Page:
Reach into your wallet for a five dollar bill in the near future, and you will likely pull out a much-downsized, multi-colored version of the venerable green bill with the visage of Abraham Lincoln printed thereon. You will soon have to search in vain for uniformly-sized and colored tens, twenties, fifties or hundreds. Is this dramatic change the result of Congress having passed a law requiring new designs for all currency bills larger than one dollar? Nope. It’s because of a special-interest lawsuit.
A little over three years ago, a federal court ordered the Treasury Department to begin the process of radically changing all US currency above the denomination of $1. That decision was subsequently affirmed in 2008 by the US Court of Appeals for the District of Columbia. All this judicial decision-making is based on a 1970s-era federal law, the “Rehabilitation Act,” that was intended to extend civil rights to disabled individuals. While this law had been employed in a number of areas to remove barriers to disabled persons seeking employment and access to various facilities and services, in 2002 an advocacy group – the American Council of the Blind (ACB) — filed a lawsuit interpreting the Act as requiring the government to design its currency in such a way as to be easily identifiable by the blind and the visually-impaired.
That lawsuit has now become the vehicle forcing a multi-hundred million dollar change in US currency. Uniformly-sized and -designed US currency, which has served America well for so many decades, will soon be a relic of the past — but not because of action by the Congress or the President of the United States as representatives of the citizenry. This change is being forced on the American people because of creative advocacy by a special-interest organization which was able to convince a handful of unelected federal appeals court judges to expansively interpret a federal statute, that arguably was not even intended to reach an issue such as currency design.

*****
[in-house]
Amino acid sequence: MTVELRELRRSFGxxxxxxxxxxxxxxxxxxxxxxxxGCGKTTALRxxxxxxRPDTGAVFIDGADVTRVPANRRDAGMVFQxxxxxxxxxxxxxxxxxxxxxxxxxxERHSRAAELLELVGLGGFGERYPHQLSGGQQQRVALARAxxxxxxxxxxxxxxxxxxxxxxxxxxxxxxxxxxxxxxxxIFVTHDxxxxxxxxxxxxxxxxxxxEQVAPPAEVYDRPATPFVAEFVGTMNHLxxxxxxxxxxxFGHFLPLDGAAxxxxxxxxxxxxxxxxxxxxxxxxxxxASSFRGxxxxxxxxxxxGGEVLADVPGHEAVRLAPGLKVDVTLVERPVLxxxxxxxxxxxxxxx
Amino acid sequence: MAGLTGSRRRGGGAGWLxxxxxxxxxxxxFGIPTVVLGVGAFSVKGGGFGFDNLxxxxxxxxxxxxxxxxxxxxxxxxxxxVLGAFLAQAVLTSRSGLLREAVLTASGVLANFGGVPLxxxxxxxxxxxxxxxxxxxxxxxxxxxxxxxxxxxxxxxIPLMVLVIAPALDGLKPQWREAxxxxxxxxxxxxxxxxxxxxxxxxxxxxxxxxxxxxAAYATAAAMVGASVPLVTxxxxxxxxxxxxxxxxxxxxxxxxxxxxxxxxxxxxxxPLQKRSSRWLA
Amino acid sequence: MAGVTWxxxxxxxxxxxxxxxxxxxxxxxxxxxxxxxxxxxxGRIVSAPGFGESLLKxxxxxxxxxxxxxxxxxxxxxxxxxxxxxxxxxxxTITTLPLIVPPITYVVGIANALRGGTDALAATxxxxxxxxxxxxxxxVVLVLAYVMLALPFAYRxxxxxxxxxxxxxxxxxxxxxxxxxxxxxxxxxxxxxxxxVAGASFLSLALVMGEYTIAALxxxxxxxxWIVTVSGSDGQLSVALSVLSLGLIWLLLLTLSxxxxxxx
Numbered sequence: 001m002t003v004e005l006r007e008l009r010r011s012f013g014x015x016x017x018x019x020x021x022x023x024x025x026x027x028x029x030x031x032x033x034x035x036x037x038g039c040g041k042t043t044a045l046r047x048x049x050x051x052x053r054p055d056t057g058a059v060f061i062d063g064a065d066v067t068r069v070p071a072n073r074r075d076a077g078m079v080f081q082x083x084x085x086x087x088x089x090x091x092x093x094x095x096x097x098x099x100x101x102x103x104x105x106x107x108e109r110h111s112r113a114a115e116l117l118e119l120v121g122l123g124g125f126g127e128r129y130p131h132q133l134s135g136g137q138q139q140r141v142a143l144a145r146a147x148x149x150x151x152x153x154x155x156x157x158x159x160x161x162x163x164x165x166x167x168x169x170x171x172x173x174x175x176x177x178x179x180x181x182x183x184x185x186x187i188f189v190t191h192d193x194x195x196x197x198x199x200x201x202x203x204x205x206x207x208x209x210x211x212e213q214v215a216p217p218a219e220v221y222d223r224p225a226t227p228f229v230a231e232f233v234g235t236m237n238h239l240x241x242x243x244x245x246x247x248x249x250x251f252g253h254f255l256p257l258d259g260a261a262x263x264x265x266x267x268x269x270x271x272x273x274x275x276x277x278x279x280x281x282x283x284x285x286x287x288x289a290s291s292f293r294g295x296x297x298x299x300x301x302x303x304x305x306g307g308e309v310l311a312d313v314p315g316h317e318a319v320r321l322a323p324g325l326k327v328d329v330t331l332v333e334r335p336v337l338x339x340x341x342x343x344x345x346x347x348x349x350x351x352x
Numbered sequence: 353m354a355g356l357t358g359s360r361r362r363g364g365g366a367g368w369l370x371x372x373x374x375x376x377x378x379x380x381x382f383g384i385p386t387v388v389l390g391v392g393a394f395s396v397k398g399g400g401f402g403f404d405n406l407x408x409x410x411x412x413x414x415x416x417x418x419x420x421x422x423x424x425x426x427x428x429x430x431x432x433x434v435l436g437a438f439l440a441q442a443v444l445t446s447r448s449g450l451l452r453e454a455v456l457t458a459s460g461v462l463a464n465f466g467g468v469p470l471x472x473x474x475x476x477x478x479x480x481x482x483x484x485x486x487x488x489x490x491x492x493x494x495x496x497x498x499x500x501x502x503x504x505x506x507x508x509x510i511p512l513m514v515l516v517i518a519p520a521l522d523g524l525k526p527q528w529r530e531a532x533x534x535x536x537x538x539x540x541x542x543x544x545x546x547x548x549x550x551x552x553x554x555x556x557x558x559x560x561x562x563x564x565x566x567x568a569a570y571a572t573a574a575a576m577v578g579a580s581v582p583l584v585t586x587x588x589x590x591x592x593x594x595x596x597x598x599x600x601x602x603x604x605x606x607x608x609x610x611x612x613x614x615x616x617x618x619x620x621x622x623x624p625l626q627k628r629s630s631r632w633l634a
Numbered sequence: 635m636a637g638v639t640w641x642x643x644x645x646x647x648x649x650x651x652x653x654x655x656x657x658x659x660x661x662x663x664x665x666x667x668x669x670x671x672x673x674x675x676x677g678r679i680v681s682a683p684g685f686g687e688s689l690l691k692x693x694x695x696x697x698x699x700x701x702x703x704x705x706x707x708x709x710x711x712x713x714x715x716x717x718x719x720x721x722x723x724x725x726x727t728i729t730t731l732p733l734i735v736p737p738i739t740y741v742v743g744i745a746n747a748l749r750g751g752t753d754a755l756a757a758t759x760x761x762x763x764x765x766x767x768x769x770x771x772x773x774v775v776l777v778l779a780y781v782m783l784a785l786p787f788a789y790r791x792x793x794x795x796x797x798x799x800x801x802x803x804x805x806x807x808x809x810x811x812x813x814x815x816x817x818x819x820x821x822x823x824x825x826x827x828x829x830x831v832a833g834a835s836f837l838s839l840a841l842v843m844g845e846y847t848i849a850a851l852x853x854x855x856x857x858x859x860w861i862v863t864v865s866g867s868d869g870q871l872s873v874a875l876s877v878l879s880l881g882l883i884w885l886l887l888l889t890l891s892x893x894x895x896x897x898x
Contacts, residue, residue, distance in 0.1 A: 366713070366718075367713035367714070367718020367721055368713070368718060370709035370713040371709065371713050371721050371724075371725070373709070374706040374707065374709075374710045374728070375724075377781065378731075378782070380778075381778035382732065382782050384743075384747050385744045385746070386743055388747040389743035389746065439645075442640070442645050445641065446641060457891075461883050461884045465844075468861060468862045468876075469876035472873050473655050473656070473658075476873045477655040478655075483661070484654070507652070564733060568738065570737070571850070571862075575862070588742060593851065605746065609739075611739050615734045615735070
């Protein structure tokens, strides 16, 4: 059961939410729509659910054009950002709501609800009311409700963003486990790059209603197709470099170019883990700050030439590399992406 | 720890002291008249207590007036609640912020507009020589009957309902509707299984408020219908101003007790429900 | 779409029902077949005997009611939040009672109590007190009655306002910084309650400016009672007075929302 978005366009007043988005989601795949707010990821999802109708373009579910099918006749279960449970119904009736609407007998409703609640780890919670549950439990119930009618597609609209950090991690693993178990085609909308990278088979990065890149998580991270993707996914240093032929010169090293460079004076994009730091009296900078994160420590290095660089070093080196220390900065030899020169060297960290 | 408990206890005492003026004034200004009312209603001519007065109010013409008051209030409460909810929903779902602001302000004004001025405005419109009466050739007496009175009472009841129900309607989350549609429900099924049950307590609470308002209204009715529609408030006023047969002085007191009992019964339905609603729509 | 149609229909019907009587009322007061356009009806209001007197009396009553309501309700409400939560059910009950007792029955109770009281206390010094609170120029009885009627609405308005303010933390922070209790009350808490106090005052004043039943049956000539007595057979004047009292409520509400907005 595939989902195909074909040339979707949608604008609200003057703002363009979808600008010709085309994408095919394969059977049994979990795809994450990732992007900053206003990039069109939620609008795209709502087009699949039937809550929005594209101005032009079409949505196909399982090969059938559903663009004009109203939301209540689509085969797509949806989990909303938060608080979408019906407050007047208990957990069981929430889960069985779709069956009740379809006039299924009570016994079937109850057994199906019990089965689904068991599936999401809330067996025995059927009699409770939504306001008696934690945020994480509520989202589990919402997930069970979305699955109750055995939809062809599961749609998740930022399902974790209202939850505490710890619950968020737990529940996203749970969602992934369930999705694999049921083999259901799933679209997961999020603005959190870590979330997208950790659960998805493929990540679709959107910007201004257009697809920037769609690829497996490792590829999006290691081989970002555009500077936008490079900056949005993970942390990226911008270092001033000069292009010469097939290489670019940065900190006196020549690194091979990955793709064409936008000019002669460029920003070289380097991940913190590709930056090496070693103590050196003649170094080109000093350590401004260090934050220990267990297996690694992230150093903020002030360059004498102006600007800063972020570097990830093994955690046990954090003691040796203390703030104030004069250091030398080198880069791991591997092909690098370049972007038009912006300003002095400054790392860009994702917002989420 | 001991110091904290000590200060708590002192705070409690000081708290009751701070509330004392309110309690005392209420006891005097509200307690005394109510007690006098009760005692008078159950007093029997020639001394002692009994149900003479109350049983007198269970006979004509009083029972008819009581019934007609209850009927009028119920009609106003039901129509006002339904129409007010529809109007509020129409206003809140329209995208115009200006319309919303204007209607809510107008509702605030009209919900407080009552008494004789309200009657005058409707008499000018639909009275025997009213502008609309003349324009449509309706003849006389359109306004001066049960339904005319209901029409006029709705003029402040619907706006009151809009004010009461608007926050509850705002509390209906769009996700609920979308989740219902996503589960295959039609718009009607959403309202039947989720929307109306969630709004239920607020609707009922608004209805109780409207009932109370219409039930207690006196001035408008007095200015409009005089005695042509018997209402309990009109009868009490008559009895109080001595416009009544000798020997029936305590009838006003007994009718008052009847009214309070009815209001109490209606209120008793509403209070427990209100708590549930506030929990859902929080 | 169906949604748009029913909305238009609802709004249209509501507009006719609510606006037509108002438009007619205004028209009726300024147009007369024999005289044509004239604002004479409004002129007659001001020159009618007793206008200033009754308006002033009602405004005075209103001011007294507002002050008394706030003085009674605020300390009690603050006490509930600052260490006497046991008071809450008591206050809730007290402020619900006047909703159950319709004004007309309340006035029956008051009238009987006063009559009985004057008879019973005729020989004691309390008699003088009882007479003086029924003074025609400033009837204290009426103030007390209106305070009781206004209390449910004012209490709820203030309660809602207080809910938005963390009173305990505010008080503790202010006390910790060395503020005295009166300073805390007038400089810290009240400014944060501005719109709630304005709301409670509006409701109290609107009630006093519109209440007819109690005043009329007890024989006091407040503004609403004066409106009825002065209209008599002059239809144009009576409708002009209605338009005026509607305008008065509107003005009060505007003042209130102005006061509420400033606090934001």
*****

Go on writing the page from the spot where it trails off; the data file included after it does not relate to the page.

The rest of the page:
The federal judges apparently were swayed also by the fact that many nations other than the United States already have switched to multi-sized paper currency incorporating all manner of visual and tactile identifiers. The judges’ decision was arrived at notwithstanding that the number of people in the country who are actually blind is less than one-tenth of one percent of the US population of nearly 309 million, and even though other organizations advocating for the blind (such as the National Federation of the Blind) did not support the approach taken by the ACB.
In short, this is another example of important public policy matters being decided not by the people’s representatives, but by shrewd advocacy groups and federal judges eager to interpret federal laws expansively and to leave their imprimatur far beyond the confines of the courtroom. In the near future, when you search in vain for the uniquely American currency of uniform and professional size and design, and you find only oddly-shaped, multi-colored and highly-textured bills that are little different from bills circulated by other countries, remember you have a couple of unelected judges and powerful special interest groups to thank.